EDITORS DAILY CRIMSON. - In a recent issue of the "CRIMSON" there was an unfavorable comment on the name chosen for the novel debating society at Johns Hopkins. It was held to be unpatriotic that the meeting of students was named and modeled after the English "House of Commons" rather than our own "House of Representatives." And, further, "the anglomaniac tendencies in American Universities" that have shown themselves "in peculiar dress and in strangely distorted pronunciation," were harshly condemned.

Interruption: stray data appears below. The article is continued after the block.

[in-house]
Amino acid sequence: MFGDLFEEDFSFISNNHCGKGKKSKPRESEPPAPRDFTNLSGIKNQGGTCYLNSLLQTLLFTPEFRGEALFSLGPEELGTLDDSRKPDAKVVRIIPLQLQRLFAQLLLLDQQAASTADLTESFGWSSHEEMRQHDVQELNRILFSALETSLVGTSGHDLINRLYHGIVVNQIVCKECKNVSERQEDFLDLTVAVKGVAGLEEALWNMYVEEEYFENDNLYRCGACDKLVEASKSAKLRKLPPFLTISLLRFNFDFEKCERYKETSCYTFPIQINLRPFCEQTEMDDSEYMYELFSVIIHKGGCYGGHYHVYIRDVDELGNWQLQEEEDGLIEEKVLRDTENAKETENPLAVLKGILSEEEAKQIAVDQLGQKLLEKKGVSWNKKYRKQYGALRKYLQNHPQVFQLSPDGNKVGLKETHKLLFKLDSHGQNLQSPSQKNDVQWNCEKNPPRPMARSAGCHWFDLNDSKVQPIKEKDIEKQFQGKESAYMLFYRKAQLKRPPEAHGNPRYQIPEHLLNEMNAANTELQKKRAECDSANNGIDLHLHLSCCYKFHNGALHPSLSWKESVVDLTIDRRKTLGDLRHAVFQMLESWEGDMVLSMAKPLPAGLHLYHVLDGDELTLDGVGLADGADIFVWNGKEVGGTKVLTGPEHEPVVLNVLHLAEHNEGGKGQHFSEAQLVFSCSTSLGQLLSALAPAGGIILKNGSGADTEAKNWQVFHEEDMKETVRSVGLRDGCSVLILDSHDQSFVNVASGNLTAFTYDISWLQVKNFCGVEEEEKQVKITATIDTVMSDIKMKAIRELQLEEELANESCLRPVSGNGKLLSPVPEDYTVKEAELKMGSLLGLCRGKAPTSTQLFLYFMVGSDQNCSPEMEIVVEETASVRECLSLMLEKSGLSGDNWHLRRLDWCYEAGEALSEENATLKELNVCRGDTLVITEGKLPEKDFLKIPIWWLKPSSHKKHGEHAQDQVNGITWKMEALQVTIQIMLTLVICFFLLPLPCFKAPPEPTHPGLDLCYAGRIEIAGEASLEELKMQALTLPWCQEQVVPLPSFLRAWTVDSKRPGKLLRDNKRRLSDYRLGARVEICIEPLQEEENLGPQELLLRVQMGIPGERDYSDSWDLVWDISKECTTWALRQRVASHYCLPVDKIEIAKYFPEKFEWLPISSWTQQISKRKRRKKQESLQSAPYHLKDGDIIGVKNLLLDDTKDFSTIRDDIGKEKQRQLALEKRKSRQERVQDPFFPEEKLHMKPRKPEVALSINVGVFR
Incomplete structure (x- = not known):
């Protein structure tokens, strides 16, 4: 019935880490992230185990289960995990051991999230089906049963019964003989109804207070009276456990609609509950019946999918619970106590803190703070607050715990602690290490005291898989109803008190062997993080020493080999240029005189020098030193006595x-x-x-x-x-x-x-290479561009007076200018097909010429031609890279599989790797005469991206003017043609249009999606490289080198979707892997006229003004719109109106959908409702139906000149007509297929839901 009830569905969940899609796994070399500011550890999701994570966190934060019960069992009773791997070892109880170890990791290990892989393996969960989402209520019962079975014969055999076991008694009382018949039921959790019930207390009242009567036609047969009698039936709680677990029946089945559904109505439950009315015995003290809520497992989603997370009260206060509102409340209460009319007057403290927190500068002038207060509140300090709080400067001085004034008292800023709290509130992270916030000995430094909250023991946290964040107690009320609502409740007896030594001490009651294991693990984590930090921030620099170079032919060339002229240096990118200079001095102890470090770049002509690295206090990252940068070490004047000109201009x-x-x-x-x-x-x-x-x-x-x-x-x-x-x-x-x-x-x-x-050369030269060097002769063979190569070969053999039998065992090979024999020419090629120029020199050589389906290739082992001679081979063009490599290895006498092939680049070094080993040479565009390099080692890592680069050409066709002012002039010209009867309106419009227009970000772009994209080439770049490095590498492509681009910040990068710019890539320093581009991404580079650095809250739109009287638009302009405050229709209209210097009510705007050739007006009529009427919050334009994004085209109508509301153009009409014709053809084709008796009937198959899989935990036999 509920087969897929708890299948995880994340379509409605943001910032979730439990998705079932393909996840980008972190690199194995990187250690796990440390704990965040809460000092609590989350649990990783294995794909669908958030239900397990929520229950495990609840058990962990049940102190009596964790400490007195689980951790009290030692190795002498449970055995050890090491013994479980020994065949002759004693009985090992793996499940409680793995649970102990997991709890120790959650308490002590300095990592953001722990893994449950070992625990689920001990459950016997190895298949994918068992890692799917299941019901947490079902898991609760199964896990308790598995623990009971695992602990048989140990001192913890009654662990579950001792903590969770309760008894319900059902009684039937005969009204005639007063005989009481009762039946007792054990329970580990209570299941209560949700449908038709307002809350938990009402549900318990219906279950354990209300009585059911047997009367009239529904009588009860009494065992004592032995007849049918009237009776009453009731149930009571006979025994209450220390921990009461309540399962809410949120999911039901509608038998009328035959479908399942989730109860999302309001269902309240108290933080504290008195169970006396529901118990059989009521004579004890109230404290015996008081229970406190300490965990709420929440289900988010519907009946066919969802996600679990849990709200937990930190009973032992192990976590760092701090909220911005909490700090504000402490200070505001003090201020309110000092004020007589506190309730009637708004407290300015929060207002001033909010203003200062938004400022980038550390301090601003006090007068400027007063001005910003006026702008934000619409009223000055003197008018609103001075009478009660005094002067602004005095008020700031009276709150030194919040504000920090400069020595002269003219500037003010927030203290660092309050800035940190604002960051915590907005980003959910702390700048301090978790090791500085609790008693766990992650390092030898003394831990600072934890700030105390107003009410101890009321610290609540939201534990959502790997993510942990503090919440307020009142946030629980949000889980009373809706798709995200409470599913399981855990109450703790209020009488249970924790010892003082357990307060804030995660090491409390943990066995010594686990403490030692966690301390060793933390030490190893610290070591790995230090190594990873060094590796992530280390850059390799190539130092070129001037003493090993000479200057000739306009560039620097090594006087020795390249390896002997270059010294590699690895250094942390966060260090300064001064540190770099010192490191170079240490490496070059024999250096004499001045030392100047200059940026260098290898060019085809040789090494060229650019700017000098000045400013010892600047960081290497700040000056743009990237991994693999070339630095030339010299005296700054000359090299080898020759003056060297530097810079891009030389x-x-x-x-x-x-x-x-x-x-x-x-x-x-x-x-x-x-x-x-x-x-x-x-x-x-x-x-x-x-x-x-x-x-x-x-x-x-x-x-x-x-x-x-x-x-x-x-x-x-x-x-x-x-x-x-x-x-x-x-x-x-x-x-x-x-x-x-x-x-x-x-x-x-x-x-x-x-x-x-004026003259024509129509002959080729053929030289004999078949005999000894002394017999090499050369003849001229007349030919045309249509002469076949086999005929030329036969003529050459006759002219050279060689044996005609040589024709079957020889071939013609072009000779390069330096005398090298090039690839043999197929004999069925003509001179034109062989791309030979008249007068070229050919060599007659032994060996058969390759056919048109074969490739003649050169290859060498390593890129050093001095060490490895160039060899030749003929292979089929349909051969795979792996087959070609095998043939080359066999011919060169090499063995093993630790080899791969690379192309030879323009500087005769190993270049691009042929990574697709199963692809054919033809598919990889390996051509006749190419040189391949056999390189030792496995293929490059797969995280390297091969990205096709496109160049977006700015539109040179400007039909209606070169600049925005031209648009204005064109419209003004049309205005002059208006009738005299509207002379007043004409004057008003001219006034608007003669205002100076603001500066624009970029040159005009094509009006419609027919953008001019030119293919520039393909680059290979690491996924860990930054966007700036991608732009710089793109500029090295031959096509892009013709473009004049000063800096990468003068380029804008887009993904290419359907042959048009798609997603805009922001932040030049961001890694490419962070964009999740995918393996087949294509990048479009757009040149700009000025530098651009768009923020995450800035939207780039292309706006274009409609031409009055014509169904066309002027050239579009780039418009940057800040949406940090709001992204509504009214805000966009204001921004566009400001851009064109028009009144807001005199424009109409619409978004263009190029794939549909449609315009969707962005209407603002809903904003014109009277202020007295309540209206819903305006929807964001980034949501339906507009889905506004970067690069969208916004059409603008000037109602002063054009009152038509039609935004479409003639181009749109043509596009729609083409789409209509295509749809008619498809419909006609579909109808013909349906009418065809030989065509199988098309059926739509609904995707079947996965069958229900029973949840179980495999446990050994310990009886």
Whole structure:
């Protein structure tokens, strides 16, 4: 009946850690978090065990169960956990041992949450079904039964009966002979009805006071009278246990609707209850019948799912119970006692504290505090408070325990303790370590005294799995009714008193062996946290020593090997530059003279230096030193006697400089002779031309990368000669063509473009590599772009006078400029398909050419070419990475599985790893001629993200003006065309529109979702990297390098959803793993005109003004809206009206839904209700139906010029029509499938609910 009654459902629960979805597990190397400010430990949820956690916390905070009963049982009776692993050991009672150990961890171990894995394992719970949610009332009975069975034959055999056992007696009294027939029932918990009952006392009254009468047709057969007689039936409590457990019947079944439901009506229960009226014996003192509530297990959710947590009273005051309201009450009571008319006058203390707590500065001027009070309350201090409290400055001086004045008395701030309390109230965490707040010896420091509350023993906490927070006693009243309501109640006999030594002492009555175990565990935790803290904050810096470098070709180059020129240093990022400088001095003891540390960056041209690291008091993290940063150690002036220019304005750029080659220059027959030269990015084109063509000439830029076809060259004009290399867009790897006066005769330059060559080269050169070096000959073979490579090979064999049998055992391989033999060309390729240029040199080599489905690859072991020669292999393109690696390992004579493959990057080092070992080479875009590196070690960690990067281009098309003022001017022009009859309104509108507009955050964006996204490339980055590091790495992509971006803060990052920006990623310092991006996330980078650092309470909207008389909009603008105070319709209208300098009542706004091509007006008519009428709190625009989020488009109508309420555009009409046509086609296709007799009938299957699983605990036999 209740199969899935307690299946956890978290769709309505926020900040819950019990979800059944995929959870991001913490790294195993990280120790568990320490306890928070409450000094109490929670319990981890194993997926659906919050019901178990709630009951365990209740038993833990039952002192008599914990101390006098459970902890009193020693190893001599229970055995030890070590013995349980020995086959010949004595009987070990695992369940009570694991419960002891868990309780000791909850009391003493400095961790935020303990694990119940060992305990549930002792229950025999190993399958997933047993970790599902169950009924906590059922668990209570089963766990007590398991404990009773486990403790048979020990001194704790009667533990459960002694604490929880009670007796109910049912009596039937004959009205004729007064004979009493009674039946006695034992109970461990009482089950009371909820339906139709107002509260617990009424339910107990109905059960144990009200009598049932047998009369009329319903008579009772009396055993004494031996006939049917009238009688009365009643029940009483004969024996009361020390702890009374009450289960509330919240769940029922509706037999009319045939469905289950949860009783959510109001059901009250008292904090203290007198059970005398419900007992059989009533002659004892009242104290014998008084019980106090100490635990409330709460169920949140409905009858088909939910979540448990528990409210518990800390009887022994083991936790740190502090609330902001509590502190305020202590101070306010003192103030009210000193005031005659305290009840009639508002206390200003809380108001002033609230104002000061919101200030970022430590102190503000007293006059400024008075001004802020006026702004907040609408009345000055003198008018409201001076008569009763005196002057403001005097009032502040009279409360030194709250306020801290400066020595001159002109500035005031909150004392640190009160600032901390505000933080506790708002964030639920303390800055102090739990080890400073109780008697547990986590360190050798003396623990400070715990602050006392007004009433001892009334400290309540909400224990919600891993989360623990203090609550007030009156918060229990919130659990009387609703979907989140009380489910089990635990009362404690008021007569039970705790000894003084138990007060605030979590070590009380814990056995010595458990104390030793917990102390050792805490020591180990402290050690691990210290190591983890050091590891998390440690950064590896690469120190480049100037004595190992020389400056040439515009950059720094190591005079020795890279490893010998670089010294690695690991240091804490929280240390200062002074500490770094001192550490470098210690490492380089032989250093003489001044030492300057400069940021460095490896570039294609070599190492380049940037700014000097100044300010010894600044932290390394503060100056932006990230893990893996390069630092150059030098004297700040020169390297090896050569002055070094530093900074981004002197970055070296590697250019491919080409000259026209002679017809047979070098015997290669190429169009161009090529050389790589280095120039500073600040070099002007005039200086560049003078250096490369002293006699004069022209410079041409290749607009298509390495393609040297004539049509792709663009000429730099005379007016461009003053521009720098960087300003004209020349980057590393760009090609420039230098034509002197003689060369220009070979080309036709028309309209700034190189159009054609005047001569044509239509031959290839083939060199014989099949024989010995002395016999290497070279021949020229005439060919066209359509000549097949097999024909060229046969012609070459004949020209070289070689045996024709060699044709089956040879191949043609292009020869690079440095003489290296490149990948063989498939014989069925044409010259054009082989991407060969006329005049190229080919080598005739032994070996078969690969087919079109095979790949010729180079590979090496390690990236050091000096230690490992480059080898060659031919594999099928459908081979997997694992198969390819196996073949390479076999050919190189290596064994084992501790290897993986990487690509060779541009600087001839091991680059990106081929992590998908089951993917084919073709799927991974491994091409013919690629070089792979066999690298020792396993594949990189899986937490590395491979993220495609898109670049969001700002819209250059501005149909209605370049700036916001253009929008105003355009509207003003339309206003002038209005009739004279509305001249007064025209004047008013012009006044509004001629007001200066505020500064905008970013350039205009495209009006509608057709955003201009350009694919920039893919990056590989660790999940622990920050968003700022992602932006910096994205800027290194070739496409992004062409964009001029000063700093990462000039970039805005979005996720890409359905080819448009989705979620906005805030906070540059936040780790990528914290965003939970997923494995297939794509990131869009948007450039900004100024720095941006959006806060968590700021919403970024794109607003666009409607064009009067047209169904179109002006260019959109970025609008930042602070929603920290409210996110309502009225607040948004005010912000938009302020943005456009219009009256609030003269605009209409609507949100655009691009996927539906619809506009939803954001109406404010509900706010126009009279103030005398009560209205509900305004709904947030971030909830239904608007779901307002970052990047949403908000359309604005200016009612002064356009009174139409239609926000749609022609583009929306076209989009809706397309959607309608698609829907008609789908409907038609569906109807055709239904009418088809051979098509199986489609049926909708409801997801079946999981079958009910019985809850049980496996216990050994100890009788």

As a thoroughly American student I wish to protest against this narrowing down of our models. I cannot see that I am less patriotic because, finding that the dress of Englishmen is more becoming, and their speech more musical than our own, I try to copy after them in these respects. If the students of Johns Hopkins found that their meeting could be best conducted under the rules of the English "Commons," they were justified in using its rules. When we Americans have grown wise and prosperous by adopting the best ideas and customs of other nations, it is not strange that our University men, students of history, should be quick to accept whatever foreign ways seem better than our own. If the CRIMSON teaches - and it sometimes seems to teach - that we are to follow what is American because it is American, it certainly opposes the spirit of this most American University.